It could be a place, a specific scenario like a blue hour shot of a famous landmark or even a specific image that you have in your mind. The good thing about a shot list is that it gives you goals and targets to achieve by ticking them off. But also helps you capture a diverse set of photos rather than the same thing over and over again. So, if you haven’t written out a shot list yet then go ahead and do so.
Carry your camera with you
It might be cumbersome and a pain to carry your camera with you all the time, but when you are starting out it really does help. One of the big challenges for newbie photographers is finding time to practice. Juggling a job, family and other commitments mean you might not have a lot of time to actually take photos. By having your camera with you all the time it gives you more opportunities to practice taking photos.
If you find it really cumbersome to carry your camera with you then simply use your camera phone.
Get off auto mode
The automatic modes on cameras have improved dramatically in recent years. But the problem with using automatic mode is that you are not actually learning about photography and how to take photos. The other issue with auto modes is that sometimes you need to compensate to be able to capture the shot you want. In auto mode, the camera will make that decision which might have an adverse effect on your photo.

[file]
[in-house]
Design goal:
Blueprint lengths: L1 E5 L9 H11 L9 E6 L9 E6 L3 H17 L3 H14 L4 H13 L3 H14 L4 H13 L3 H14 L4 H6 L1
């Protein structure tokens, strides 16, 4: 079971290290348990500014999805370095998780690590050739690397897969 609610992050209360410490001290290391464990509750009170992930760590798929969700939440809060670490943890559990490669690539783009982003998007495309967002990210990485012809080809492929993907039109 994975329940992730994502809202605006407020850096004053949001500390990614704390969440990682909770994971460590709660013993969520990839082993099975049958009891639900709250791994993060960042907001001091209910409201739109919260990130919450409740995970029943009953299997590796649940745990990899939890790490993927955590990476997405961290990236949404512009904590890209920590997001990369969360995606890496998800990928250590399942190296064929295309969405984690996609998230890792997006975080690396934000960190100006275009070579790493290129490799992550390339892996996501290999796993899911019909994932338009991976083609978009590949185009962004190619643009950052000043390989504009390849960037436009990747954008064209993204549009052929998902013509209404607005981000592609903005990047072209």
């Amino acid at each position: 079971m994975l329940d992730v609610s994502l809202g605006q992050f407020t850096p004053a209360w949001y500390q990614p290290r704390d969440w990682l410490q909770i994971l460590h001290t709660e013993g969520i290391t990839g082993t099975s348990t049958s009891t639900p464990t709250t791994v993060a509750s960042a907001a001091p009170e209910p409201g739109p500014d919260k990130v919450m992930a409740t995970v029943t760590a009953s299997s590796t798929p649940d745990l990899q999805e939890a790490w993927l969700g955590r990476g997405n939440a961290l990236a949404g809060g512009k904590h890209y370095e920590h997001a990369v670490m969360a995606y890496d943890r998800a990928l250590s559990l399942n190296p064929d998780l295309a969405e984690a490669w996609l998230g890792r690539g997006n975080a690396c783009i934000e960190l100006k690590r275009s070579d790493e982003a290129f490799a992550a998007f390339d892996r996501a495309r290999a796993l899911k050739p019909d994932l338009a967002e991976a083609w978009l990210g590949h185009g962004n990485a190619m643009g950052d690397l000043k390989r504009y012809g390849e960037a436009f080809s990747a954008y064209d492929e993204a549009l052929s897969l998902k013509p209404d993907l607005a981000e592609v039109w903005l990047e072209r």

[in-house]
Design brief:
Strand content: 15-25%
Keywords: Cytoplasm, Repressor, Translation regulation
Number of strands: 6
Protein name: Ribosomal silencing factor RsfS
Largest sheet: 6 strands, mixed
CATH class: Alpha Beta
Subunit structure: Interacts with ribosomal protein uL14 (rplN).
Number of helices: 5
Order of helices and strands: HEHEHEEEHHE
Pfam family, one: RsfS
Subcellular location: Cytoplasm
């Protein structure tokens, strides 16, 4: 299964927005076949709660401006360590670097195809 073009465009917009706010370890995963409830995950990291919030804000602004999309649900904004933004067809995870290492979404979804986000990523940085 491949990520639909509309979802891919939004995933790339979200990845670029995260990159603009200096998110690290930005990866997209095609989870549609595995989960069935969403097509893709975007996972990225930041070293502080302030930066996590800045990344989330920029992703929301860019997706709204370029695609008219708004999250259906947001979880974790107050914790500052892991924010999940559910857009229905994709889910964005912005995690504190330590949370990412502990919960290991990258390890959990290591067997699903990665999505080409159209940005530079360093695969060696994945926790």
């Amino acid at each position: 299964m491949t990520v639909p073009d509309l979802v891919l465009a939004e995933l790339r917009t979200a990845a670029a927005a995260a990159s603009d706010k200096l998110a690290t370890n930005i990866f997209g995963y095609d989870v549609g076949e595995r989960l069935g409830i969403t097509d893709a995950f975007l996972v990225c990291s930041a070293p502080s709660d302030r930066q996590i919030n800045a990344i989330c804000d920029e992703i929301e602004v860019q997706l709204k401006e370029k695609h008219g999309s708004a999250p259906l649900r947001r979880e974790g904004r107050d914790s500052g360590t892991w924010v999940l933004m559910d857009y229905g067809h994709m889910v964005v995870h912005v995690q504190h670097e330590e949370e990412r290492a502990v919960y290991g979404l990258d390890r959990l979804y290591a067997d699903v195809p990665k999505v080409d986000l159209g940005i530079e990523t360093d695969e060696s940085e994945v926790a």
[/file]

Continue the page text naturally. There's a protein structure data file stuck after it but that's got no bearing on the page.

For example, if you are shooting in low light conditions the camera might bump up your ISO to 6400! This means a lot of noise in your photo which will make it look soft. Whereas if you were controlling the exposure triangle yourself, you may have been able to underexpose your image by a stop or two to then brighten post-processing. This might have given you a better image. So, instead of settling for auto mode, learn the basics and do it yourself.
One of the great things about starting out is that you are allowed to make mistakes. You are also allowed to experiment with different genres and even different settings to find your own style and preference. So, don’t be afraid to experiment with your photos and if you get something wrong, learn from it and move on.
Find people to inspire you
Photography is a lonely profession and you will quickly find that there aren’t too many people who want to wait around for you to take photos at sunset. Finding a photo buddy, especially one whose work you admire can really help push you to become a better photographer.